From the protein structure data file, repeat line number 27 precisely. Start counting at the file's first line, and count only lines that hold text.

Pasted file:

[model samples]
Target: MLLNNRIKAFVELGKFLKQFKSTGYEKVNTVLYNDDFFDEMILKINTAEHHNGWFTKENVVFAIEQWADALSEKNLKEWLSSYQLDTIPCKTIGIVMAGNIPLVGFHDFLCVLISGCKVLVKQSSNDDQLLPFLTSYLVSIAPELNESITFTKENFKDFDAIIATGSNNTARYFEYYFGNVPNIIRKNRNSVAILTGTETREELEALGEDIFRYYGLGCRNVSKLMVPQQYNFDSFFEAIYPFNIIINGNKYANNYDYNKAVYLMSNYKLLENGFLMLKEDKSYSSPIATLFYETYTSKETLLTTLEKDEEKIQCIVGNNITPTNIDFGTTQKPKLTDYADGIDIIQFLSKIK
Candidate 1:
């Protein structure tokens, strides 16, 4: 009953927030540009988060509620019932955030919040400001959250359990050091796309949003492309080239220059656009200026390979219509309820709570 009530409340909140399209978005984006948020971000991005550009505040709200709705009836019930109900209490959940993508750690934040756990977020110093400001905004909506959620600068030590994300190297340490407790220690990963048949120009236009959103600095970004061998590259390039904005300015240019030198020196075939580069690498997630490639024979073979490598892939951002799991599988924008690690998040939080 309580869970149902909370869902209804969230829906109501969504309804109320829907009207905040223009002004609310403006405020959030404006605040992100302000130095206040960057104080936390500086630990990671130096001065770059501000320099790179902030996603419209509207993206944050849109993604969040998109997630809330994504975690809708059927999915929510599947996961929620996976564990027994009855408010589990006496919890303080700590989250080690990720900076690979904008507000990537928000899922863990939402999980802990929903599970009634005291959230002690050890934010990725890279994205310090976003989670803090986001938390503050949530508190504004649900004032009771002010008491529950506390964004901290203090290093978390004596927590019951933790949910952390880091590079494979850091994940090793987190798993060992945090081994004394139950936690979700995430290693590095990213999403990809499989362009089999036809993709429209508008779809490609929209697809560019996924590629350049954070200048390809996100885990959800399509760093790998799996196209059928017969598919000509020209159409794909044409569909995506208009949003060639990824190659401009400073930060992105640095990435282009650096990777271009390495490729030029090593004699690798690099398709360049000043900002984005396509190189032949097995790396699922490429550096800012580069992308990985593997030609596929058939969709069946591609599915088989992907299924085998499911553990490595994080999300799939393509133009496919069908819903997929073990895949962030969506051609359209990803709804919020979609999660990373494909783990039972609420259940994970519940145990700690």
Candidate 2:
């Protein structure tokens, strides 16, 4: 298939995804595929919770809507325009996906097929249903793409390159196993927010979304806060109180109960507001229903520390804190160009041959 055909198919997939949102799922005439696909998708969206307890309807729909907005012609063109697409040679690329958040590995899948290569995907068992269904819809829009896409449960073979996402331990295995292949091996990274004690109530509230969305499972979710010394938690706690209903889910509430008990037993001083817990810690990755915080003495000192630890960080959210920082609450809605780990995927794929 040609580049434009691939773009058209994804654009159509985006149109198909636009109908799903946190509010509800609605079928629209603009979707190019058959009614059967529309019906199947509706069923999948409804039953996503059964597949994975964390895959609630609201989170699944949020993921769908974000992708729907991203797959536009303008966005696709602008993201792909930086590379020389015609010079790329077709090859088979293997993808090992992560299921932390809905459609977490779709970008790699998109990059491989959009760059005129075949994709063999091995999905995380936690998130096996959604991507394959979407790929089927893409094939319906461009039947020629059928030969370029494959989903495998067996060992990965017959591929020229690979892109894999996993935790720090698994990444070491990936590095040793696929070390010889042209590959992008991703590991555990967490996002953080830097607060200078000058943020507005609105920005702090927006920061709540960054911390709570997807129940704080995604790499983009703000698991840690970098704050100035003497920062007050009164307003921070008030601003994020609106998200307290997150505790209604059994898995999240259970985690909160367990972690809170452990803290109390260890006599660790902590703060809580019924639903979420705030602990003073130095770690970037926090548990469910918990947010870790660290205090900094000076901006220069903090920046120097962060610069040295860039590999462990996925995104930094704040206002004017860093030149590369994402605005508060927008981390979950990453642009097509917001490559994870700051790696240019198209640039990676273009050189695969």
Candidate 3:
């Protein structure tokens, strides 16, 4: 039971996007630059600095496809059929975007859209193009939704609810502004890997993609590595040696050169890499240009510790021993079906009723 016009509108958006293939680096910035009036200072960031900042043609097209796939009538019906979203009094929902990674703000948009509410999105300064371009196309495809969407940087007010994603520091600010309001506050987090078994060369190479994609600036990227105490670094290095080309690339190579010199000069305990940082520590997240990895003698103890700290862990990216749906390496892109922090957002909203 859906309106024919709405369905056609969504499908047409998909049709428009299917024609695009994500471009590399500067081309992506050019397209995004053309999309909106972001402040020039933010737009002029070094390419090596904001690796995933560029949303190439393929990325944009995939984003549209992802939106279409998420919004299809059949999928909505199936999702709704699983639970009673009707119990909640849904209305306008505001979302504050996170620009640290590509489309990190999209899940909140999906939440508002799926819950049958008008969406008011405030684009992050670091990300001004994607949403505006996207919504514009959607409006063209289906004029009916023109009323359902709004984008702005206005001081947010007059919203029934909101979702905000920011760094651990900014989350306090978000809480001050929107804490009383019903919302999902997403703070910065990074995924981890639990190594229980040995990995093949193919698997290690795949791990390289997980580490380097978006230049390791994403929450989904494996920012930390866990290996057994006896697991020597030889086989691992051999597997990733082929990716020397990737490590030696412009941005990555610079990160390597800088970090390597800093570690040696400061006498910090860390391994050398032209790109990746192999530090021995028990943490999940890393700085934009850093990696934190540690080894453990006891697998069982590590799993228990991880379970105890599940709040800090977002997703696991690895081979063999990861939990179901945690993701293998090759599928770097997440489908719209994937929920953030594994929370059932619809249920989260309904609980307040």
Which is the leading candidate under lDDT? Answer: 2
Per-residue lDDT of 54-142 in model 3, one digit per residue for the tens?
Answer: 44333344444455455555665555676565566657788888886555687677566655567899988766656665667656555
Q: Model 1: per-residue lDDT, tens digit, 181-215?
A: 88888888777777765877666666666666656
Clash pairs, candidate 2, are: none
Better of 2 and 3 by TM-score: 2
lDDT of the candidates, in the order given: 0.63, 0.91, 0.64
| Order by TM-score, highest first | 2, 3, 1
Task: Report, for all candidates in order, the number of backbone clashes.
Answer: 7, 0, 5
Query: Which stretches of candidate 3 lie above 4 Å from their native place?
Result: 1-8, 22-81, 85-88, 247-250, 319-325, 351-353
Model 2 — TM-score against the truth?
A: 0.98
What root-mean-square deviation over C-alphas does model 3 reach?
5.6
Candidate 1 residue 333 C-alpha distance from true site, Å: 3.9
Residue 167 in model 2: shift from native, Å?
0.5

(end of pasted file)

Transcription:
Residue 167 in model 2: shift from native, Å?